The first 100 days
In her speech today in the Scottish Parliament on her government’s priorities during their first 100 days in office, the First Minister reiterated that her immediate priority was leading Scotland safely through and out of the Covid 19 pandemic. Lessons, she said, will be learnt from the last 18 months with a commitment to a comprehensive public enquiry. During the first 100 days a standing committee on pandemics will be established.
On recovery and renewal, the Scottish Government is not dragging its feet. The First Minister said that today the Deputy First Minister, John Swinney, will convene the first meeting of a new cross-party steering group on covid recovery. Support for the NHS and increasing its activity in key services will be high on the list of priorities, increasing spending on the NHS by at least 20% over the course of the parliament. Investment in mental health services will increase by 25% over the same period.
During the next 100 days consultation on legislation to establish a National Care service will begin with legislation during the next year and the service operational by the end of this parliament.
Childcare will be further expanded, and councils will be funded to recruit more teachers and classroom assistants. Work will begin to ensure all children have access to a laptop or tablet. The age at which people become liable for council tax will be raised from 18 to 22.
Plans will be developed to tackle social isolation and loneliness with longer term work on developing a minimum income guarantee.
Housing, the improvement of local neighbourhoods, and a campaign to encourage support for local businesses, plus support for specific business sectors – including food and drink and tourism – were also mentioned, as were encouraging pilots on a four day working week, beginning the process to take Scotrail into public ownership, increaseing woodland creation and investment in peatland restoration. 100m will be invested over the parliament to support the development of hydrogen technologies.
All the programmes and initiatives mentioned are very much in line with the Wellbeing Society, on which a paper by the Social Justice and Fairness Commission was published yesterday and on which we published a piece. Believe in Scotland has two useful articles on the subject – one listing a Values framework for a Manifesto for Wellbeing, the other on polling:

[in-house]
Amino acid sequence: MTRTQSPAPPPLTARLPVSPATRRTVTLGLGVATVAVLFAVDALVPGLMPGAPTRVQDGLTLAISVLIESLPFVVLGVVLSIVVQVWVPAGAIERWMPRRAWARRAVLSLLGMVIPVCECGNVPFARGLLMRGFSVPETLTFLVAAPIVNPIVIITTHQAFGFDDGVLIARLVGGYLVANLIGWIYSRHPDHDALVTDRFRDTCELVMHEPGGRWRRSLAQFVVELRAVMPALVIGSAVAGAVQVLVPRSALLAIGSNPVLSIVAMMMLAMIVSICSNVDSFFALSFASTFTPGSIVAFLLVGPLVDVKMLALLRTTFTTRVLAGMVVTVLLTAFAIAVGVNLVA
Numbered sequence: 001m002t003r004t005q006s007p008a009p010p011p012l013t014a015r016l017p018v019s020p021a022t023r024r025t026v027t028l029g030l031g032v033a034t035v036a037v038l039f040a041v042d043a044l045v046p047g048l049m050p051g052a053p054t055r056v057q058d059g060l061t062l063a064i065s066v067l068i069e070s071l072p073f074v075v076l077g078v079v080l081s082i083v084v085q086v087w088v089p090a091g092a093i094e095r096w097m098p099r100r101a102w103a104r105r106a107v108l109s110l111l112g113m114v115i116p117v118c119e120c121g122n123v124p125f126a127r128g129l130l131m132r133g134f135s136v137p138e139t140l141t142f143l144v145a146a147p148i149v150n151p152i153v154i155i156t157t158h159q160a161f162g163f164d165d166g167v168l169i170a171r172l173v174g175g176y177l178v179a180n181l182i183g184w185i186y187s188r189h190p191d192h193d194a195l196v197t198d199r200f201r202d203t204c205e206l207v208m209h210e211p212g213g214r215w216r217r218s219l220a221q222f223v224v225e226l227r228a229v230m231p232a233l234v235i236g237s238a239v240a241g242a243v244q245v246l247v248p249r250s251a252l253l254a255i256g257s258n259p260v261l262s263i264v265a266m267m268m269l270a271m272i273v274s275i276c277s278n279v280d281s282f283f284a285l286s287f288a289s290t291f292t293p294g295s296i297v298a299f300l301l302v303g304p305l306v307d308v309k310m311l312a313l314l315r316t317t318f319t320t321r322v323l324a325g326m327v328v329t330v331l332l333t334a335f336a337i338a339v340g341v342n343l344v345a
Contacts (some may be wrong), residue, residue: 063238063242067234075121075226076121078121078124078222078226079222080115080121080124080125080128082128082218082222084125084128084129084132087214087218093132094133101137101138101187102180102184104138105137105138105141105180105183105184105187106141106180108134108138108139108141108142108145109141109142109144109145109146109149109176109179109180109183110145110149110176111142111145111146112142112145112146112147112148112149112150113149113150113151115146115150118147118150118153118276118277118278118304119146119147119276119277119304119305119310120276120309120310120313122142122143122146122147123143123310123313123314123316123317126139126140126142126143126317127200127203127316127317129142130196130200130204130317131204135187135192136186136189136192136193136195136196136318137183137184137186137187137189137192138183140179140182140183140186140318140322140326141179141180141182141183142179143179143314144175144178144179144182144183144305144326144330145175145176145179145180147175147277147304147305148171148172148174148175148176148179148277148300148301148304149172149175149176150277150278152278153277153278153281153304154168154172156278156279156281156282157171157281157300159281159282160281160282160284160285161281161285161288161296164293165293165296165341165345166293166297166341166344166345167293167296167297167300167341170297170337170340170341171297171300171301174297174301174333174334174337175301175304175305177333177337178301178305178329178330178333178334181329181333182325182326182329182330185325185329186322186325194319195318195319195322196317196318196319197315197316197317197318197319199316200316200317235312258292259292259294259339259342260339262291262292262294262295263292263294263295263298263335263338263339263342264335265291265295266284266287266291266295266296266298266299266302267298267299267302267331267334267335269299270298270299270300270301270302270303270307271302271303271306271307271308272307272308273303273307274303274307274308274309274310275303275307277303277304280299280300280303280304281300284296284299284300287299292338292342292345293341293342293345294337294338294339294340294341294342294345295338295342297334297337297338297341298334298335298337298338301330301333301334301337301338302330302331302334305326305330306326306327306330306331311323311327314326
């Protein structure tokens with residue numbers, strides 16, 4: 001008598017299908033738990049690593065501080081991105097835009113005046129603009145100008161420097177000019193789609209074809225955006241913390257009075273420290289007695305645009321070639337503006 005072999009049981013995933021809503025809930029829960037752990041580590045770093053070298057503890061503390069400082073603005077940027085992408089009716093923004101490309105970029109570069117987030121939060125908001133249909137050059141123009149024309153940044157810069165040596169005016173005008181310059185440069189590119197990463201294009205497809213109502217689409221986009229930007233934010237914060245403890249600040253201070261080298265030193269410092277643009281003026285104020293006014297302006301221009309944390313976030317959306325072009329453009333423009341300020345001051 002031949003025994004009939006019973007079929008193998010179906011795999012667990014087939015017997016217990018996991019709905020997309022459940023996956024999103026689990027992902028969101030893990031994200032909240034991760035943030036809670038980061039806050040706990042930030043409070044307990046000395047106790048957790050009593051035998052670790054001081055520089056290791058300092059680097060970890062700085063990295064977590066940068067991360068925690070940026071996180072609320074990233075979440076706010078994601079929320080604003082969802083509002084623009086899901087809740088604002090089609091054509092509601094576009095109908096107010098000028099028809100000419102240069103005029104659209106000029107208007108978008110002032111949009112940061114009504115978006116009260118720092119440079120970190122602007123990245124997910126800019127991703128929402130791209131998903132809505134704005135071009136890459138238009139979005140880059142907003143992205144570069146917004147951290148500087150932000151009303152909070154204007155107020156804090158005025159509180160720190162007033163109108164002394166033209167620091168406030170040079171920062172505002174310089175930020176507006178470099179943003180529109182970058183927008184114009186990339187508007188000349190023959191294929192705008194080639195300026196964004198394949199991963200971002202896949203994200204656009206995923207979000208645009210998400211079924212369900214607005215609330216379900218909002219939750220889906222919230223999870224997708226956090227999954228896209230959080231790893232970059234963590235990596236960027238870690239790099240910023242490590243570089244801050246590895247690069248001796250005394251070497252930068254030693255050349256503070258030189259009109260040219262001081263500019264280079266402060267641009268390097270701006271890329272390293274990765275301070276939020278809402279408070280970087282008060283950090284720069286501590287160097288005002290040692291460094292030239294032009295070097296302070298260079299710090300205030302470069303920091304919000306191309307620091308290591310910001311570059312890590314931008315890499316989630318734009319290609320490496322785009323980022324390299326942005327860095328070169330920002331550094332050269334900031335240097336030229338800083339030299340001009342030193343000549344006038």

“Not only that, our poll – Panelbase for Believe in Scotland April 2021 – found that if you offer independence in parallel with a wellbeing approach to economics then 59% of the Scottish population would vote for Scottish independence. The same poll asked the standard Yes/No question without the wellbeing caveat and found 51% Yes 49% No, so it’s plain to see that a wellbeing approach would, if properly communicated would add 8% to Yes but offers the opportunity grow independence support above 60%.”
So why is the image above relevant?
Well perhaps the Scottish Government initiative that will receive most discussion in the coming days and weeks will be a proposed arrangement with the Scottish Greens. Shortly after the election the First Minister met with Anas Sarwar to discuss areas where the SNP and Labour might work together and she said she was keen to develop these discussions further, extending a similar offer to other parties.
In today’s speech the First Minister said:
“Most significantly, as I can share with Parliament today, since the election I have had a series of exploratory discussions with the Scottish Green Party about how we might work together more formally in future.”
At a meeting in Bute House the previous evening, the Scottish Green Party agreed to enter structured talks with the Scottish Government, supported by the civil service, with a view to reaching, if possible, a formal Cooperation Agreement. It was hoped agreement could be reached on specific policy areas in which to formally co-operate and, within each, to identify shared objectives and policy initiatives. Amongst these the First Minister was confident the climate emergency and how we can accelerate Scotland’s progress to net zero would be included.
The First Minister said she was also keen to identify other issues, areas where cooperation may be more challenging. It was hoped to agree a model of joint working within government which could include formal processes of consultation and, in agreed areas of coperation, the involvement of the Scottish Greens in Scottish Government policy development and delivery.
So the First Minister was signalling the possibility that a Cooperation Agreement “could lead in future to a Green minister or ministers being part of this government.” The initiative would require compromise on both sides – along with a requirement to be bold, but given the challenges we face, “that is a good thing. In fact, it is the whole point.”
The Scottish Government is not the only one to go down this route. After the New Zealand Labour Party won the general election in October 2020 with an outright majority, their leader and Prime Minister Jacinda Ardern invited the Greens into a “cooperation” agreement, arguing that it would allow the government to benefit from the expertise of Green party members in a number of areas.
Under the co-operation agreement the two Green party co-leaders were both given ministerial portfolios outside of cabinet.
In a report in the Guardian, Ardern said:
“This cooperation agreement reflects the positive working relationship between our two parties and our areas of shared interest while respecting the mandate voters gave Labour to form a government.”
“It will deliver stability and cooperation in key policy areas while allowing the Greens to take an independent position from the government on all other matters.”
So it looks as if Scotland’s First Minister is following in the footsteps of the premiere of another small, successful nation – that of New Zealand.
Scotland is rejoining the world.